Innocence, purity, loyalty
In many cultures, white is seen as the colour of innocence and virginity, purity, loyalty and peace. In the West, white clothing and decoration are symbolic of the joy around births, baptisms and weddings. The colour is also associated with women as virgins, mothers and caregivers. These themes find a playful and poetic expression in the works by Regula Maria Müller (*1961), Maria Roosen (*1957) and Hinke Schreuders (*1969) and the jewellery by Felieke van der Leest (*1968), but they also examine female roles.
In many African and Asian cultures, as well as in medieval Europe, white is the traditional colour of death and mourning. In the West, meanwhile, black has symbolised mourning since the Renaissance. Miriam Verbeek (*1960) refers to these intercultural differences in her series of black and white mourning jewellery. White represents purity, holiness and eternity in religions including Christianity and Islam. Christian Bastiaans’ (*1951) ‘Madonna of Humility’ (2003) from the series Hurt Modelsreflects the Christian meaning of white as an expression of purity. However, the delicate sculpture made of iron wire and gauze primarily explores the vulnerability of human existence.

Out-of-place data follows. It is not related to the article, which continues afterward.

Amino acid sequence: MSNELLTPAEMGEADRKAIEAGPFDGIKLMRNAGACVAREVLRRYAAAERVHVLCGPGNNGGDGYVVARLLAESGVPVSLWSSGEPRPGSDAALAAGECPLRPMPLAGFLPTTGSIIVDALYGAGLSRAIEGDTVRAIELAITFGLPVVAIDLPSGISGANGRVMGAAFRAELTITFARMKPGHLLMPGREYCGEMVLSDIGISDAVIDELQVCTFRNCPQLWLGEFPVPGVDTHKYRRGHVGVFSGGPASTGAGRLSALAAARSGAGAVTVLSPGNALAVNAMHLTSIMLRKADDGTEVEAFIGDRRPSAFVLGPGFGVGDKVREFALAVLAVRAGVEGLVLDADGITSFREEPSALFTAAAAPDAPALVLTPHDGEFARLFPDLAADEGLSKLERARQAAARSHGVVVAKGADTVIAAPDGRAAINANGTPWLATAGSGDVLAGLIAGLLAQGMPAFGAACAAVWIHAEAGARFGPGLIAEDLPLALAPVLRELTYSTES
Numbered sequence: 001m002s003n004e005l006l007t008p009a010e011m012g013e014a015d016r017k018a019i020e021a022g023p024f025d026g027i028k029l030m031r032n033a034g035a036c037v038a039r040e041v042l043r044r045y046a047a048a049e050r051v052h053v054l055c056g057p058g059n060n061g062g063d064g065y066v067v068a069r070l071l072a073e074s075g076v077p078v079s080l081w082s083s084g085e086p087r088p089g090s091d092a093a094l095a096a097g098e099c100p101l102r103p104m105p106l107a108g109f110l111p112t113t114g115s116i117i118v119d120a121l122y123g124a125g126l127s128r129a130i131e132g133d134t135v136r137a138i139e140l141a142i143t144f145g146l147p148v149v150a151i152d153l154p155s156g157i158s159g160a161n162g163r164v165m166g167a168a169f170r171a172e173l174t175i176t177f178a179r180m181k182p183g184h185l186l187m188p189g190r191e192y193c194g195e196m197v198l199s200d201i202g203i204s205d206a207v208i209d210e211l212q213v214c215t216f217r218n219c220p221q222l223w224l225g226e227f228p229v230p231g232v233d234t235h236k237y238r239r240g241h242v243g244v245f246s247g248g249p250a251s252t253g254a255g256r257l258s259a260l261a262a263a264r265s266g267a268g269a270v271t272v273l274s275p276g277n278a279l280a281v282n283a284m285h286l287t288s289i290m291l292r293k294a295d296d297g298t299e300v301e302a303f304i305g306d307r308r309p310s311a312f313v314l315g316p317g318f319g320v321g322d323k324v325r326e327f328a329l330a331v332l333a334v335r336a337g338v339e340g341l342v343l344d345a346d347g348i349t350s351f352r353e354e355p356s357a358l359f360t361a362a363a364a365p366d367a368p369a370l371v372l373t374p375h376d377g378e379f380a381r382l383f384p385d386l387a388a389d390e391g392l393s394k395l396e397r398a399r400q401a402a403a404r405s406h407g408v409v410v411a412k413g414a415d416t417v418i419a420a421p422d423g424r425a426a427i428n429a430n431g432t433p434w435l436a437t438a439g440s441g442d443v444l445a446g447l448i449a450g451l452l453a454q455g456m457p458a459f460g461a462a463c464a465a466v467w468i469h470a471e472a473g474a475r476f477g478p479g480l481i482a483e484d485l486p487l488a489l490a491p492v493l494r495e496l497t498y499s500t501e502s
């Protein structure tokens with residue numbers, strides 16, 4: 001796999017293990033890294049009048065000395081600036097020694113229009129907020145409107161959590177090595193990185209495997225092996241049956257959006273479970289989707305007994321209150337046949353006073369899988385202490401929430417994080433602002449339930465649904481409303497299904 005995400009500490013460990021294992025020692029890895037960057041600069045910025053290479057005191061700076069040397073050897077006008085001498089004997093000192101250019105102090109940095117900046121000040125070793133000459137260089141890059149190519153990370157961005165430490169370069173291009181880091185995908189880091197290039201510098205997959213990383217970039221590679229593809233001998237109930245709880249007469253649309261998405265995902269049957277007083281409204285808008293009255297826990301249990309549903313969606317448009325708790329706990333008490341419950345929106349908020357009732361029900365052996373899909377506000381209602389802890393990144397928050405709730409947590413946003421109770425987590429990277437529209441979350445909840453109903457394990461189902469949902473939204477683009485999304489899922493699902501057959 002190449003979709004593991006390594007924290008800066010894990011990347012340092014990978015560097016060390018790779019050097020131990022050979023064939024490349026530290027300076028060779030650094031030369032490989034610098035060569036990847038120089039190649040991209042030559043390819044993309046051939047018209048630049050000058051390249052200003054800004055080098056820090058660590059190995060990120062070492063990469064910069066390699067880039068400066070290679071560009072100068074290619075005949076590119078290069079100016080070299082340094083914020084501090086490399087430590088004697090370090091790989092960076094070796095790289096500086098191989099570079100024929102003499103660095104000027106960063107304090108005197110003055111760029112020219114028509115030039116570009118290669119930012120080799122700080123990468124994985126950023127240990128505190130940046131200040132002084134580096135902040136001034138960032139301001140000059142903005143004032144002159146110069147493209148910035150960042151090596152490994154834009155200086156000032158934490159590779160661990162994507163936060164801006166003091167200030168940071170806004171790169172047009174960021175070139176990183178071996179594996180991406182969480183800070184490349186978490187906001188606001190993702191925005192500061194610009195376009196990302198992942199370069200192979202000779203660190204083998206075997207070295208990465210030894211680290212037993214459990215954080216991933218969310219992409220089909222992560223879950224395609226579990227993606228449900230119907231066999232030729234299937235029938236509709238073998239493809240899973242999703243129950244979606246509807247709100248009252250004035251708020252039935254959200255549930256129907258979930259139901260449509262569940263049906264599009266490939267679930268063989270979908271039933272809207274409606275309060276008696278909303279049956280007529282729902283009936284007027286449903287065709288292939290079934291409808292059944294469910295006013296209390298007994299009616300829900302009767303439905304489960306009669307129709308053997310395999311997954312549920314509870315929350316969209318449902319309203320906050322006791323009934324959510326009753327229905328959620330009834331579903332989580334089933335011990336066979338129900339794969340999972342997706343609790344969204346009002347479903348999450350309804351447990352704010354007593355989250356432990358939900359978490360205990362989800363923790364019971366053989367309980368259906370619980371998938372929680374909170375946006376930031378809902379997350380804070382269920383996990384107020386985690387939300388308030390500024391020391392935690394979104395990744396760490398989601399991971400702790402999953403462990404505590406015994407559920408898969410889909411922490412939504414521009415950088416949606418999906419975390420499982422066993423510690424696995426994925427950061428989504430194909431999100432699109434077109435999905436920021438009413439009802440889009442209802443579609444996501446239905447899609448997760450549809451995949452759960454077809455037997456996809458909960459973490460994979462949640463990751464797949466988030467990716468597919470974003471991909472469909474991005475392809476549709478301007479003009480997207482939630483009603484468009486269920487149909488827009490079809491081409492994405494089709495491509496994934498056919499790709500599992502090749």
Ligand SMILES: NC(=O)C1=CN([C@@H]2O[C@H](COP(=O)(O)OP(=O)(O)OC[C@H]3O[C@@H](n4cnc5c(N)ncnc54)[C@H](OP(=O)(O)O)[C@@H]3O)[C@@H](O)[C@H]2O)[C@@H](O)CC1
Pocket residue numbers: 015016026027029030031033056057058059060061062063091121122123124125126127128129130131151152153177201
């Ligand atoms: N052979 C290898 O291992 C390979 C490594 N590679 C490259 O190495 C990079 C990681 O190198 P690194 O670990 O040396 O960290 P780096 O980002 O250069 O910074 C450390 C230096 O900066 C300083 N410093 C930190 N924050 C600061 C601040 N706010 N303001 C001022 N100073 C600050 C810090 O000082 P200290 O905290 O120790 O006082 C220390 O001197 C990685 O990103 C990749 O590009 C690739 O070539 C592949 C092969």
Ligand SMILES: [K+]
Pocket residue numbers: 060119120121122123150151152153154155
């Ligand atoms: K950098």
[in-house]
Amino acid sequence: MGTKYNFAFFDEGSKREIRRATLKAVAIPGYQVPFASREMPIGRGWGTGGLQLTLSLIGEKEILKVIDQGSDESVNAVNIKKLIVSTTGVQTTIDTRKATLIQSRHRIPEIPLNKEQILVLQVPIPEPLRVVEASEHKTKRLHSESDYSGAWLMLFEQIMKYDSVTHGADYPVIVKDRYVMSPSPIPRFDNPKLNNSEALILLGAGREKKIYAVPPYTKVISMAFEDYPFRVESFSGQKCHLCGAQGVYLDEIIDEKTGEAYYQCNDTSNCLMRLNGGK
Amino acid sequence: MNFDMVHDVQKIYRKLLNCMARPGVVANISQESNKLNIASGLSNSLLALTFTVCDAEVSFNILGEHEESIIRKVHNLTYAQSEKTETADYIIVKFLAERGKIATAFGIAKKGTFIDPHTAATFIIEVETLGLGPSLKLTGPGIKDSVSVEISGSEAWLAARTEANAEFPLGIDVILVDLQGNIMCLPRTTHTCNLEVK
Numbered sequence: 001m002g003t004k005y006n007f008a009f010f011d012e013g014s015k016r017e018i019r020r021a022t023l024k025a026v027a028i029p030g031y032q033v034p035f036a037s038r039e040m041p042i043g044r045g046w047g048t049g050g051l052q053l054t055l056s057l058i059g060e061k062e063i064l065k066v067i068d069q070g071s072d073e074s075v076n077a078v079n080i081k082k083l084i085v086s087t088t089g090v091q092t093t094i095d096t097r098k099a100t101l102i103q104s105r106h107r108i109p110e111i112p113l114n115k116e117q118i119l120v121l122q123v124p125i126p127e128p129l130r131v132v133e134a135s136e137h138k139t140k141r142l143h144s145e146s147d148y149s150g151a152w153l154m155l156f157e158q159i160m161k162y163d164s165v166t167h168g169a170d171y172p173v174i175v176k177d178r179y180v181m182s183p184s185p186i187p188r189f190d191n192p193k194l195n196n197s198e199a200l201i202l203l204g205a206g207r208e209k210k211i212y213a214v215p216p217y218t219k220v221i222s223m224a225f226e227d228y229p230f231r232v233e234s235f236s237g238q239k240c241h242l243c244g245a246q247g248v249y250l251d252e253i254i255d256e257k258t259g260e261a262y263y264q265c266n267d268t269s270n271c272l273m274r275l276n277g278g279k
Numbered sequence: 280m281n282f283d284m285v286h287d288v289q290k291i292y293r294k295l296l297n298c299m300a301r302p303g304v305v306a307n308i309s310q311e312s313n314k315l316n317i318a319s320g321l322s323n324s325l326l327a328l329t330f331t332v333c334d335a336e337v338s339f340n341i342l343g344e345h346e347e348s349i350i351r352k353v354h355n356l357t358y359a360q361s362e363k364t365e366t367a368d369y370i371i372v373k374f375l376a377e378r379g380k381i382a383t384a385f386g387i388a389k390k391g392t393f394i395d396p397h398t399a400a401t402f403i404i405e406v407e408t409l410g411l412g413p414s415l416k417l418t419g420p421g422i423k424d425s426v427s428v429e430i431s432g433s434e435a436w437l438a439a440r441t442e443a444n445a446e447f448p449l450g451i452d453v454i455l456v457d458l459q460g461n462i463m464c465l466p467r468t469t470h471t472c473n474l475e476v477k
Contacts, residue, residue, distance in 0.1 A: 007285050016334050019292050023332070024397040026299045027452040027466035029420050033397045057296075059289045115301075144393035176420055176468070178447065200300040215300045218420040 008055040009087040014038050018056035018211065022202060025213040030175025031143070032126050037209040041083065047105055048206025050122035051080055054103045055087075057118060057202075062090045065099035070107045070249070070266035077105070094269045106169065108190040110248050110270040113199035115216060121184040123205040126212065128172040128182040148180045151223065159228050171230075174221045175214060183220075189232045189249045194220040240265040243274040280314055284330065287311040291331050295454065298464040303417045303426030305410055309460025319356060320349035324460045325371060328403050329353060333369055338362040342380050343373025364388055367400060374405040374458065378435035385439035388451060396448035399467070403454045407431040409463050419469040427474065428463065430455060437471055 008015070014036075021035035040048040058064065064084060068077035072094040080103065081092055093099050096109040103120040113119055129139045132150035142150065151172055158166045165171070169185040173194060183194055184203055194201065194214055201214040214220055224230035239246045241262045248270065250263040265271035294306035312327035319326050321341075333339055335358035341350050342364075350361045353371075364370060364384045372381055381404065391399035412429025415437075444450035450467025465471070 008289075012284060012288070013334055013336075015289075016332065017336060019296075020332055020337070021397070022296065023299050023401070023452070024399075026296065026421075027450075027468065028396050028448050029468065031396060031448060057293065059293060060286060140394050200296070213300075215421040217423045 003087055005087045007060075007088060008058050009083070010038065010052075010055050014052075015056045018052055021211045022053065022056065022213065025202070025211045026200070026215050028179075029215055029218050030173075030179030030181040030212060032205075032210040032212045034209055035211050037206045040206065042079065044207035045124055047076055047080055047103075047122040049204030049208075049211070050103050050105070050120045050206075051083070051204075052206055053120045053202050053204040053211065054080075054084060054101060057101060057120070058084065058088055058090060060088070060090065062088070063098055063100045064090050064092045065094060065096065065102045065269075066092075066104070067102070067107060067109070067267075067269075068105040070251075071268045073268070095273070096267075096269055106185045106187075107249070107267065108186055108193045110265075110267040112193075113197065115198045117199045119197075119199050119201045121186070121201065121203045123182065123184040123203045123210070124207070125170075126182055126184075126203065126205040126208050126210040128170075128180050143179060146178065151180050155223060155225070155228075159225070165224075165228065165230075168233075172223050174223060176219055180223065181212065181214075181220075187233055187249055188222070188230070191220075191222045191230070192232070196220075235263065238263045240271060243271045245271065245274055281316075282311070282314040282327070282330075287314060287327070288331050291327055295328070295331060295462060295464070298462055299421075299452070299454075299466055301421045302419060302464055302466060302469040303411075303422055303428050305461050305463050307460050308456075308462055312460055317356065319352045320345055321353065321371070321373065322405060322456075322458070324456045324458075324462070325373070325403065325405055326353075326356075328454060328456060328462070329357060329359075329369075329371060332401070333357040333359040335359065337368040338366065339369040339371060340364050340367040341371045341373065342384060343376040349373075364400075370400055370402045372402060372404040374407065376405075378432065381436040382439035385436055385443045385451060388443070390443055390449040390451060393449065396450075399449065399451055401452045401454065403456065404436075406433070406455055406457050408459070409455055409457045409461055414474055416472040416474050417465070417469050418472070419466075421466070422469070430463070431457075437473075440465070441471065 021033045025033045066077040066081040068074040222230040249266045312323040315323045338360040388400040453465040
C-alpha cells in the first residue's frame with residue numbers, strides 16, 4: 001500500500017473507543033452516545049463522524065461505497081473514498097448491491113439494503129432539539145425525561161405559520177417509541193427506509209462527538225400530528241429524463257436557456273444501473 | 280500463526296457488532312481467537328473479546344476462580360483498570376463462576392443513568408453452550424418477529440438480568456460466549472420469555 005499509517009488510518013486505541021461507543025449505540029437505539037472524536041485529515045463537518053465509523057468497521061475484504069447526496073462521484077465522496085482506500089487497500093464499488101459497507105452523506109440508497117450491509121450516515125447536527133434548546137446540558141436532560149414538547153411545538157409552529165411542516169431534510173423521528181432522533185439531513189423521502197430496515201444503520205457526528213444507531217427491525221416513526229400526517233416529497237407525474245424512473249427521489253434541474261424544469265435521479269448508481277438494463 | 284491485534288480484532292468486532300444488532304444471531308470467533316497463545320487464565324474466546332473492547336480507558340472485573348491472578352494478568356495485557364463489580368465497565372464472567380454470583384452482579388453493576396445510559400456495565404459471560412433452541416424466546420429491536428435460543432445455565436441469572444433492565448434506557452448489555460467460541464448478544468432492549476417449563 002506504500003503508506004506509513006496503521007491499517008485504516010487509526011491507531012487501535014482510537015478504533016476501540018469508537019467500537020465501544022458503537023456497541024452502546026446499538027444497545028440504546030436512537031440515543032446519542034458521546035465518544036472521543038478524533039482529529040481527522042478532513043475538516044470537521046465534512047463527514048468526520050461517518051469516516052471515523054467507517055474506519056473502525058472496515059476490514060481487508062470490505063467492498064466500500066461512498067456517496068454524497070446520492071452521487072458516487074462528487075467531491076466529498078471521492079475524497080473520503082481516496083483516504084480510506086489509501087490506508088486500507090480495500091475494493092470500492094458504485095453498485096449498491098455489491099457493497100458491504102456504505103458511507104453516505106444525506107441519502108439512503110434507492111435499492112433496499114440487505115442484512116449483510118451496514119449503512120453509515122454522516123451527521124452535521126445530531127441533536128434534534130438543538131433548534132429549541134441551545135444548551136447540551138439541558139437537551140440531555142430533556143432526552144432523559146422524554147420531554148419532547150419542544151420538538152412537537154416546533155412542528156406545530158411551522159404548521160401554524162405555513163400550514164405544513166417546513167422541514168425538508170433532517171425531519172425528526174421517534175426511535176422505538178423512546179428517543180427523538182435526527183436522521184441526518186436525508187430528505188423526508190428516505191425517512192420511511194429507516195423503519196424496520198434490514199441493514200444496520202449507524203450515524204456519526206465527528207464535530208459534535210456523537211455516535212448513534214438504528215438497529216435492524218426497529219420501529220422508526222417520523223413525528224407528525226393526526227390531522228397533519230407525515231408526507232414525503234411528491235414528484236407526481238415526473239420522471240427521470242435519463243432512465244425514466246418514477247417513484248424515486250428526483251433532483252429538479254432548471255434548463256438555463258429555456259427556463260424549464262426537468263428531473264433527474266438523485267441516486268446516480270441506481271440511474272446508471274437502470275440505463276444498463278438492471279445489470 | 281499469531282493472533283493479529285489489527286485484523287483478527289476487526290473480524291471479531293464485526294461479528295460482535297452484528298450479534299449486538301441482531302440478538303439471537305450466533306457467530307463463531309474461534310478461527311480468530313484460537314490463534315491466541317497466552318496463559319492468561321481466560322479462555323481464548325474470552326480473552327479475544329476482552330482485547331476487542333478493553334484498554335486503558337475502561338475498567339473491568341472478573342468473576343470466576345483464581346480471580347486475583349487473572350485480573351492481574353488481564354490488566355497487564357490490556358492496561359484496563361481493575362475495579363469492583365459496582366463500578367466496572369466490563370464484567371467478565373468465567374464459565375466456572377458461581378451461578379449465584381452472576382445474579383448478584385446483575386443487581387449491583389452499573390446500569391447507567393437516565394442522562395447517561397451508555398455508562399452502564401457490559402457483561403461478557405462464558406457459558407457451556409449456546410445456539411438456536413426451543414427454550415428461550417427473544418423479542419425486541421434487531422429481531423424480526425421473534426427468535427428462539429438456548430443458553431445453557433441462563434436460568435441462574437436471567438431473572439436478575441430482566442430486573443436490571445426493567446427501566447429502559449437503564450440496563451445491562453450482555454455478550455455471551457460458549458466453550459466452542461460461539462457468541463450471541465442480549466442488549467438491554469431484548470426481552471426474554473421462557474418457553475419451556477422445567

Artist Alet Pilon (*1949) also explores the symbolic connotations of black and white in her work and often gives it a surreal twist. Her white ‘ZT (Swan wings)’ from 1995 is a sculptural piece that can be worn around the shoulders. Her work evokes associations with the famous ballet piece of the dying swan and the fate of the mythical Greek hero Icarus. Icarus’ wings of swan feathers and wax melted when he flew too close to the sun. Pilon’s swan wings seem to be an echo of this shattered dream.